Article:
The families of four U.S. soldiers killed in Niger last year will receive back pay now that the Pentagon has approved imminent danger pay for U.S. troops in several African countries, a Defense Department spokeswoman said on Thursday.

Pentagon personnel chief Robert Wilkie has approved danger pay for U.S. troops in Niger, Mali and the North and Far North Regions of Cameroon retroactive to June 7, 2017, said Air Force Maj. Carla Gleason. Troops will receive $225 for every full month they spend deployed in those countries and $7.50 per day for partial months. Hardship duty pay is being reduced from $150 to $100 per month in those countries because that is the maximum troops can receive in addition to danger pay.

The Defense Department normally does not allow troops to receive both hostile fire pay and imminent danger pay in the same month, but the Army has posthumously authorized hostile fire pay for the four soldiers killed in the Oct. 4 ambush, Gleason said in an email. 

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“Hostile fire pay and IDP owed to a service member at his or her death — including any retroactive IDP — will be included in the final settlement of pay accounts made to survivors,” Gleason told Task & Purpose. “This would apply to payments of the survivors of the four soldiers killed in Niger.”

Army Staff Sgt. Bryan C. Black, Staff Sgt. Jeremiah W. Johnson, Staff Sgt. Dustin M. Wright, and Sgt. La David T. Johnson were killed on Oct. 4 when they were ambushed by Islamic State fighters in Niger. NBC first reported on Feb. 27 that they were not receiving danger pay at the time.

Marine Gen. Thomas Waldhauser, head of U.S. Africa Command, had originally requested that troops in Niger, Burkina Faso, Cameroon, Mali and Nigeria receive danger pay, a defense official told Task & Purpose on Wednesday.

“The department evaluates each location independently, taking into account the combatant commander's recommendation, the classified risk analysis, and any other information deemed relevant,” Gleason said on Thursday. “In some cases, this process may require some time to complete. However, if a location is designated for imminent danger pay, typically, the designation is retroactive, as it is in this case.”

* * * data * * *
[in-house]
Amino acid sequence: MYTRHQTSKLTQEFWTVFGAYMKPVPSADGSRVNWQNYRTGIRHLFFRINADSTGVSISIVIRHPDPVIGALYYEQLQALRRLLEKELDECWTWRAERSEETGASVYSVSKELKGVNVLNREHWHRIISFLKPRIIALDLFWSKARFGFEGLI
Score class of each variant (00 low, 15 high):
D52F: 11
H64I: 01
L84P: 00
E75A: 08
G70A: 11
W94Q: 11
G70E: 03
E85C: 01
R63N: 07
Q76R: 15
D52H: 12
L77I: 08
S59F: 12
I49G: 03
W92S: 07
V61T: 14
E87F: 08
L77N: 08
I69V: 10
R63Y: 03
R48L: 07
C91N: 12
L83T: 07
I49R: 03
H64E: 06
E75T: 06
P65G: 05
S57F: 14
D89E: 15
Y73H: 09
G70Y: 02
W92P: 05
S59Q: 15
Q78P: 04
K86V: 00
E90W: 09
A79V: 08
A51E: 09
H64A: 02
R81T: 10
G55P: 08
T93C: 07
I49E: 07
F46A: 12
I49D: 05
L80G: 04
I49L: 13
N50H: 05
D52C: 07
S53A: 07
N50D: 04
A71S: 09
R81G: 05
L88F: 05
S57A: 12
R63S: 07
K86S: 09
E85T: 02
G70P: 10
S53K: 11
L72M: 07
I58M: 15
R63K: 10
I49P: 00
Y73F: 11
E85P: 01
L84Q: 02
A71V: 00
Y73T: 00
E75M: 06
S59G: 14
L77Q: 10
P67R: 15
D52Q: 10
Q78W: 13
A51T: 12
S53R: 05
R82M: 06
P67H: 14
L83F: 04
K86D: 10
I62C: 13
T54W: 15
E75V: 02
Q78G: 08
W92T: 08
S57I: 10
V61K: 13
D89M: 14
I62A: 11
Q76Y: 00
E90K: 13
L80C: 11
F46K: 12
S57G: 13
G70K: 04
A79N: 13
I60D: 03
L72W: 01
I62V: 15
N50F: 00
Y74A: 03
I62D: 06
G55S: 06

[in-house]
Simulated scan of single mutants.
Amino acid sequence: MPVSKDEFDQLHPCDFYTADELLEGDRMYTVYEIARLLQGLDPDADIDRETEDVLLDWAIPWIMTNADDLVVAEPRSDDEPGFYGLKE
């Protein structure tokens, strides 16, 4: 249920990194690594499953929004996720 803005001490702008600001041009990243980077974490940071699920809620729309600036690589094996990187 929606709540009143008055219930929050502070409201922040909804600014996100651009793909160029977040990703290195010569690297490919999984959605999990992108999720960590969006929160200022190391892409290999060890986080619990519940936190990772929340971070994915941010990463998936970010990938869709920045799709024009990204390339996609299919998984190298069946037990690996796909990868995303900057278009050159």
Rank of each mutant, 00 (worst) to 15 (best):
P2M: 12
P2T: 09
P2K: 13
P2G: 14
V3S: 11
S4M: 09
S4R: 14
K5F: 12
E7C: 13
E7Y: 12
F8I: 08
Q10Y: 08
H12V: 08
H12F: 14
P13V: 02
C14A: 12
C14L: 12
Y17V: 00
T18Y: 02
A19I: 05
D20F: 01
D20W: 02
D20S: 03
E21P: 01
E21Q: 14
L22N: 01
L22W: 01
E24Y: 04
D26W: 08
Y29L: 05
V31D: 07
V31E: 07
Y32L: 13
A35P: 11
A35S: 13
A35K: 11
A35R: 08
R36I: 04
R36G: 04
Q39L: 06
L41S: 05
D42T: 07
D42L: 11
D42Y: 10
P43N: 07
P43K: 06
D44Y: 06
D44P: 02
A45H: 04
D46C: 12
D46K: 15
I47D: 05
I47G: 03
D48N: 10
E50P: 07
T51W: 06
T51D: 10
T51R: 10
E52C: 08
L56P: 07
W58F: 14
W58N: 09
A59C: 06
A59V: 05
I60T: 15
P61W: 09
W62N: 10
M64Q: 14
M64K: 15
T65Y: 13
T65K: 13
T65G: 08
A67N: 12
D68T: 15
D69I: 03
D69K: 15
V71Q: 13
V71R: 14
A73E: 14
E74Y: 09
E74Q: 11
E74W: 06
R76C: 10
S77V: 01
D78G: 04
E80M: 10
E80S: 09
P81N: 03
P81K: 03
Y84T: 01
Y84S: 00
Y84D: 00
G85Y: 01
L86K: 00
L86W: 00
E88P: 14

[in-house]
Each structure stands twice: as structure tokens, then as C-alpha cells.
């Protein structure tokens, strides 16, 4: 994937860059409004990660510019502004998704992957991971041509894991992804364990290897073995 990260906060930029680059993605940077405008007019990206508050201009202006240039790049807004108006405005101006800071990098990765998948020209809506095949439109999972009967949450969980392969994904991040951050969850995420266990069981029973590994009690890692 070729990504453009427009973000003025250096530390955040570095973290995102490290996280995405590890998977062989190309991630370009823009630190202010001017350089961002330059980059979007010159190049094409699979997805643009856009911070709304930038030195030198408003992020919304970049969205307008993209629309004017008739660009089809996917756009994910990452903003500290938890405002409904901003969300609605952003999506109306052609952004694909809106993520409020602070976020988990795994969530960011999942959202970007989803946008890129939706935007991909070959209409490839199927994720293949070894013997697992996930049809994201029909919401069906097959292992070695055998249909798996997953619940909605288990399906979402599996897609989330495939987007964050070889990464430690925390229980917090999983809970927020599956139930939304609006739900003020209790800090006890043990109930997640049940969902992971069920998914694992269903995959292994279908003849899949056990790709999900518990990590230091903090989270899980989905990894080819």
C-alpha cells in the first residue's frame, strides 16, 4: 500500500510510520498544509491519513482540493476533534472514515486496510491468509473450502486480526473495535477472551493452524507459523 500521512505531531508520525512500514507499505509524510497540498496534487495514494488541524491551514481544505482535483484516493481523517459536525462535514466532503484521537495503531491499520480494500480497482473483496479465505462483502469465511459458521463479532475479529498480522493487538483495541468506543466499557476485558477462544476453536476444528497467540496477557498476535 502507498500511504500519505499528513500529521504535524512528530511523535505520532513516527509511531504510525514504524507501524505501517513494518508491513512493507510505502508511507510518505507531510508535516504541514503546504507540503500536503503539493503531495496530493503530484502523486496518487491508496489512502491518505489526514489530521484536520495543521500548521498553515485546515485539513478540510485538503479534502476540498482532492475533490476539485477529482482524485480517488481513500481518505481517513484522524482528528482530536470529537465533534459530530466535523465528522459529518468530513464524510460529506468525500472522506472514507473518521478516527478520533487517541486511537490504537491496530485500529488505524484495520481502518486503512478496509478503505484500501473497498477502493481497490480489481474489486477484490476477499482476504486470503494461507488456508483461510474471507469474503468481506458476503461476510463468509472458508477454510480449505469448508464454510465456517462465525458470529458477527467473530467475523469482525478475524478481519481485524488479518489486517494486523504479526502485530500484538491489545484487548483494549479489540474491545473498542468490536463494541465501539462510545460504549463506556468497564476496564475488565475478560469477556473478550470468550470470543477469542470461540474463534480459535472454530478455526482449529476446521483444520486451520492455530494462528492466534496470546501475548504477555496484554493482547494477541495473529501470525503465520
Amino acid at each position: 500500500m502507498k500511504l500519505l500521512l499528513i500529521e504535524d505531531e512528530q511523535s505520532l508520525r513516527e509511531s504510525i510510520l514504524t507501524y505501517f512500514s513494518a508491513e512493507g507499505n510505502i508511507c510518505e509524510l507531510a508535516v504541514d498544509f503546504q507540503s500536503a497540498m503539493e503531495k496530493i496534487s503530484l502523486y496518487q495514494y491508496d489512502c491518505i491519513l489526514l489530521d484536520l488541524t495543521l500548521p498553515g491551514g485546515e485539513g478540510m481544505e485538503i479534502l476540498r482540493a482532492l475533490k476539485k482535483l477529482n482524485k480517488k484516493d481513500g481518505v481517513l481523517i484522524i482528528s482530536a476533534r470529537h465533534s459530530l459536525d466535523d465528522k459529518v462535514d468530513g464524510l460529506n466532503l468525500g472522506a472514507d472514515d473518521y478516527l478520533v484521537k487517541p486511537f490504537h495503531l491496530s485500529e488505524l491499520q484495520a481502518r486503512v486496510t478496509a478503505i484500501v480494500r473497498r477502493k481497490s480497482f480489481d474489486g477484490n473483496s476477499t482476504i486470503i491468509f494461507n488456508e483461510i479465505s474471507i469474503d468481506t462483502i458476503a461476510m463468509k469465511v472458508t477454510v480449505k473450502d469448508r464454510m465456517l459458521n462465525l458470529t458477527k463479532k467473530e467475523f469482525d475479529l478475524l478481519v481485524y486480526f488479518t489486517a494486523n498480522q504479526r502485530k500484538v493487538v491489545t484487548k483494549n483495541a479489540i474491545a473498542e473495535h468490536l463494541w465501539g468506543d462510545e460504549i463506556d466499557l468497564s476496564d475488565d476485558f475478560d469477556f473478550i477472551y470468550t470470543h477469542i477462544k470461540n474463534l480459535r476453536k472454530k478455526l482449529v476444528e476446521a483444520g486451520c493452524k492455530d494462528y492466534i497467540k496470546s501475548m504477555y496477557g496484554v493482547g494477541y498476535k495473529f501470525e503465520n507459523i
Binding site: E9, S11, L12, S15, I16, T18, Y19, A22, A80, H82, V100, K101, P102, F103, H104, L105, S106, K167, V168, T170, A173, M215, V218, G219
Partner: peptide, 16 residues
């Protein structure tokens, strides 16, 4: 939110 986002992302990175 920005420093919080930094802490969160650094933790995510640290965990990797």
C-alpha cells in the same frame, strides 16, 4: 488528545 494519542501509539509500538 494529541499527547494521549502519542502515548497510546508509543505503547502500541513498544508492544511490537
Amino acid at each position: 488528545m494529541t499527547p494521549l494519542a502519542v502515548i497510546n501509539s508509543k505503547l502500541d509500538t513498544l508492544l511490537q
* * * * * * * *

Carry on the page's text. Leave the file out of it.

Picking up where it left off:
Gleason did not say how Pentagon personnel chief Robert Wilkie decided which countries rate danger pay and which do not. The Defense Department will not comment on “internal deliberations” about this matter, she said.

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“Wilkie determined that personnel conducting operations in these countries and regions meet one or more of the criteria payment of IDP, i.e., members of the armed forces on duty in an area are subject to the threat of physical harm or imminent danger because of civil insurrection, civil war, terrorism, or wartime conditions,” Gleason said.

On March 5, Waldhauser told lawmakers that he has sent an the results of an investigation into the incident to Defense Secretary James Mattis for his approval.

Rep. Jimmy Panetta, a California Democrat, asked Waldhauser how close the nearest quick reaction force was to the four soldiers who were killed during the ambush in Niger, but Waldhauser said AFRICOM is committed to informing the fallen soldiers’ families about the investigation’s findings before briefing Congress.

After the hearing, Panetta told Task & Purpose that he is concerned whether the four soldiers had the backup they needed.

“Our service members need adequate resources and support to execute their missions,” Panetta said in a statement. “When our troops operate in remote areas far from their traditional support bases, that support includes available and accessible quick reaction forces. If the service members in Niger did not have the resources required, Congress needs to execute its oversight responsibilities and ensure that such lapses in security do not happen again.”


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